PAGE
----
Say someone is holding a number of items in front of you. What would you call the action you request that they perform to remove all choices but one so that you can examine the item that is left? It is important that the phrase let the other person know which item you want to be left standing.

Better, if it makes a difference, what is the action you perform on the object itself to get rid of its siblings?

For example, you say "Could you [blank] that item?" and they will remove the others.

8 Answers 8


Selection is the process by which something is chosen. Elimination is the process of removing possible options till one is left. If one wants X and does not want Y, one selects X and eliminates Y.

  • True, but when you eliminate something that means to remove it. In order to say what I want I would have to say something along the lines of "eliminate others". Could I get away with something shorter?
    – skynet
    Nov 11, 2011 at 1:25
  • I think that fits very well actually. Then the action you perform on the object is simply "select"
    – skynet
    Nov 11, 2011 at 1:29
  • @Craigy - You may refer to a "choice by elimination", e.g. Could you select that item by elimination?.
    – Graffito
    Feb 22, 2016 at 23:28

The other answers are good, but if I had to pick the best word to fit in your exact example I would choose "isolate."

"Could you isolate that item?"

Using "isolate" makes it clear that you only want that specific item and that you don't even want any of the other items near your selected item.

Of course this could mean that you would like to move the selected item to a different location instead of removing the surrounding items and leaving the selected item stationary, but I still think it gets the message across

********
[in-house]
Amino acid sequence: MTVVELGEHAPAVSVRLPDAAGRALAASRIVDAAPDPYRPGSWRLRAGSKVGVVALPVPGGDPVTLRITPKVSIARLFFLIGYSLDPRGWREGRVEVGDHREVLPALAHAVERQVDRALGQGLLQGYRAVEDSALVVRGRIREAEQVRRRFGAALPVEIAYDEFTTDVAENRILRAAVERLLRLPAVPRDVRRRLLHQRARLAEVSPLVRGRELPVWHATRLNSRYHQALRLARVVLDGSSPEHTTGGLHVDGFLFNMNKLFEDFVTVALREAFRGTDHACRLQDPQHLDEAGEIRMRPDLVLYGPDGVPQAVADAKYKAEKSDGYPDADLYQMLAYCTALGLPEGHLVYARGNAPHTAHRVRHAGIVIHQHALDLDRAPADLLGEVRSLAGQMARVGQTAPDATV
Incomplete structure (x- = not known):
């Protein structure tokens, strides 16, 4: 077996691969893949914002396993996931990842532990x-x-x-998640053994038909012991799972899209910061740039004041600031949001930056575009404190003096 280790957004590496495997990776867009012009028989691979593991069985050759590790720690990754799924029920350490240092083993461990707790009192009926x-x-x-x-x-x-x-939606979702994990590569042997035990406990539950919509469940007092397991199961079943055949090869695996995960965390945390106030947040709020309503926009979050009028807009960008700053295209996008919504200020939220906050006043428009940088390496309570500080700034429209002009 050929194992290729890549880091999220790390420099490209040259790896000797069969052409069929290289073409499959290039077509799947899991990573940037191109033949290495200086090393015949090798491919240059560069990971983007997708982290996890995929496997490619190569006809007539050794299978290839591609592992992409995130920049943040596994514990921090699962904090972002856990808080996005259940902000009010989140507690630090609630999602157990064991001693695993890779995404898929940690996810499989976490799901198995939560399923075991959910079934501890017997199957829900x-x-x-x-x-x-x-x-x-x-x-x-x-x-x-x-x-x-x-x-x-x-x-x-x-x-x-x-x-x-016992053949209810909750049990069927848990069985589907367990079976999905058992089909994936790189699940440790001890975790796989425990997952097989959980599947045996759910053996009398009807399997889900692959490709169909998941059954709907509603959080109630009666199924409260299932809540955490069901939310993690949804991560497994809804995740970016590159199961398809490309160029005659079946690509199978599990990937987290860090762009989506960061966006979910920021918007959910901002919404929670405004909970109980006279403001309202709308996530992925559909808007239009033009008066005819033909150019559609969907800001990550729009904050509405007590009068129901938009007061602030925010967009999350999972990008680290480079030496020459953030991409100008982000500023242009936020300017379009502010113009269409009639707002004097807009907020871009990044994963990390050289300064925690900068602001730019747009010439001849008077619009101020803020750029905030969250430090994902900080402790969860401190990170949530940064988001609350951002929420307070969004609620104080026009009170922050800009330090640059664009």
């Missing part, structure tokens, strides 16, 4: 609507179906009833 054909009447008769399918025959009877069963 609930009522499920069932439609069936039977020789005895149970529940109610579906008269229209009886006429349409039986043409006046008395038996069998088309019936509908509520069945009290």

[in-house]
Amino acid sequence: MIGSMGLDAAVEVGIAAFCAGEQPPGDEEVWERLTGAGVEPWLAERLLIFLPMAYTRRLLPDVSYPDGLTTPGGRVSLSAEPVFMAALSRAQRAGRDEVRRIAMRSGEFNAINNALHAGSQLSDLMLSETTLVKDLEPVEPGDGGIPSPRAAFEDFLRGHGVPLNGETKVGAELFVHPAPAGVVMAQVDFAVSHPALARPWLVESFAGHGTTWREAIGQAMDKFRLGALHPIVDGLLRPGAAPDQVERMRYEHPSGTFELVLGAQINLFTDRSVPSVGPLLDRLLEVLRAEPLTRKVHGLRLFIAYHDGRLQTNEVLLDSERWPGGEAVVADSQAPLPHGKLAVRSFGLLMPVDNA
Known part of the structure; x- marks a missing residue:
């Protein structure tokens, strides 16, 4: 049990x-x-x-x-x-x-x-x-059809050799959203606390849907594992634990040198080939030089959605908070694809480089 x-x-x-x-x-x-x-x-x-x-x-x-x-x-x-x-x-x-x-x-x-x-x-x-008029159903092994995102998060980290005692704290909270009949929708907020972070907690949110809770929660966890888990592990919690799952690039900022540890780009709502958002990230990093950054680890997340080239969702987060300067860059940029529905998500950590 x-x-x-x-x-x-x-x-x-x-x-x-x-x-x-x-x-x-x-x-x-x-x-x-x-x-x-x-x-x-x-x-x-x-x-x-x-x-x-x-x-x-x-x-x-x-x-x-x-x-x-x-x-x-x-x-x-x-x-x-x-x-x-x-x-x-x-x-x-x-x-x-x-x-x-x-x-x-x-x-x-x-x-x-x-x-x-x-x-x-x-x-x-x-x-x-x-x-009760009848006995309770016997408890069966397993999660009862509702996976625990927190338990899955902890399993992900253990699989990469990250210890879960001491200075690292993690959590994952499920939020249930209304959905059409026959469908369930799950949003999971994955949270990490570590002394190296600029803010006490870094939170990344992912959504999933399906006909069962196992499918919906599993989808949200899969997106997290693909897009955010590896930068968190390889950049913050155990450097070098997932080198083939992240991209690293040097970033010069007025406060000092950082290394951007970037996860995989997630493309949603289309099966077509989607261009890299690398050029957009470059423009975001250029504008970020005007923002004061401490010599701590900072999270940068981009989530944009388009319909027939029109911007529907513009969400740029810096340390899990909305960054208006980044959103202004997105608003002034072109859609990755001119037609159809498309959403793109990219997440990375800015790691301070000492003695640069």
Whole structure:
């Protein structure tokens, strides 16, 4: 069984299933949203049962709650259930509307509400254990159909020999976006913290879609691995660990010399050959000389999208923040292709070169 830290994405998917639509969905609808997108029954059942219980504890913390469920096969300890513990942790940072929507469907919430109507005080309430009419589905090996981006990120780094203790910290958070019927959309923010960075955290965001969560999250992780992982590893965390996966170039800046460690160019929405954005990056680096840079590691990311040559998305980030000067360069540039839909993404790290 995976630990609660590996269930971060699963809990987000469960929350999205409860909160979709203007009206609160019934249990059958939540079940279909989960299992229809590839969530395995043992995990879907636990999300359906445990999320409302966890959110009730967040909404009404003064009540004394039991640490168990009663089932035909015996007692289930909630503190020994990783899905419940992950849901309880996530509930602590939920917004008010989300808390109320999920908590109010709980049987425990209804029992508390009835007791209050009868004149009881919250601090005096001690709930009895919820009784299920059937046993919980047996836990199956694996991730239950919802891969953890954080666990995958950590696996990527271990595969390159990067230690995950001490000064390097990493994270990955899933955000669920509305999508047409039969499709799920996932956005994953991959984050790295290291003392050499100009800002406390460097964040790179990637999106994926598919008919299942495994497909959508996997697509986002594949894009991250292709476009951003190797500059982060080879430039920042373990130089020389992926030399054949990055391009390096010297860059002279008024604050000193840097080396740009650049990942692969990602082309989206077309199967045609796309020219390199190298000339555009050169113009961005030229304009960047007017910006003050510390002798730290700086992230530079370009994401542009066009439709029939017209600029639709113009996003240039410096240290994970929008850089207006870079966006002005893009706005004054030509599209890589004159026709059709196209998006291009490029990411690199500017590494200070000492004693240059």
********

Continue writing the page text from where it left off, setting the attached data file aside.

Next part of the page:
Clearly, the word you want is select. You select one item from the group for examination; the other items are irrelevant.

select (v): to choose (as by fitness or excellence) from a number or group : pick out


I would call this paring down. When one pares down a selection to a single item, they remove all other extraneous items.

However, this may not be exactly what you want because it operates on the selection of items, rather than the one that is to remain.

  • That is nice, I had not heard that phrase before
    – skynet
    Nov 11, 2011 at 2:03

Selecting one from a group is culling.

For your fill-in-the-blank question: "Could you retain that item?". It implies that the others should not be kept.


RULE OUT perhaps.


ELIMINATE possibly.

I've often heard some politician is ruled out/winnowed out from candidates for presidency. The last one left becomes the president.

I've often heard some contestant is eliminated from a round of contest. The last one left becomes the winner.

EDIT: Could you keep or reserve that item? Which implicitly asks them to remove the other items for you. That still depends on your context, though.

  • These are all good but can you form them into a phrase that fits my scenario? Perhaps I should edit my title to be more clear
    – skynet
    Nov 11, 2011 at 2:28
  • @Craigy Please be explicit and clear on your question. It's the best I can do for now.
    – Terry Li
    Nov 11, 2011 at 2:32
  • Also 'filter'/ 'filter out'.
    – immutabl
    Nov 11, 2011 at 10:27

In my opinion, the best option is single out. It is not too different from other options proposed in this thread, but to me it conveys better the idea of removing all items but the one requested.


If the intention is to examine the item you could say something like:

"Let's focus on this item"

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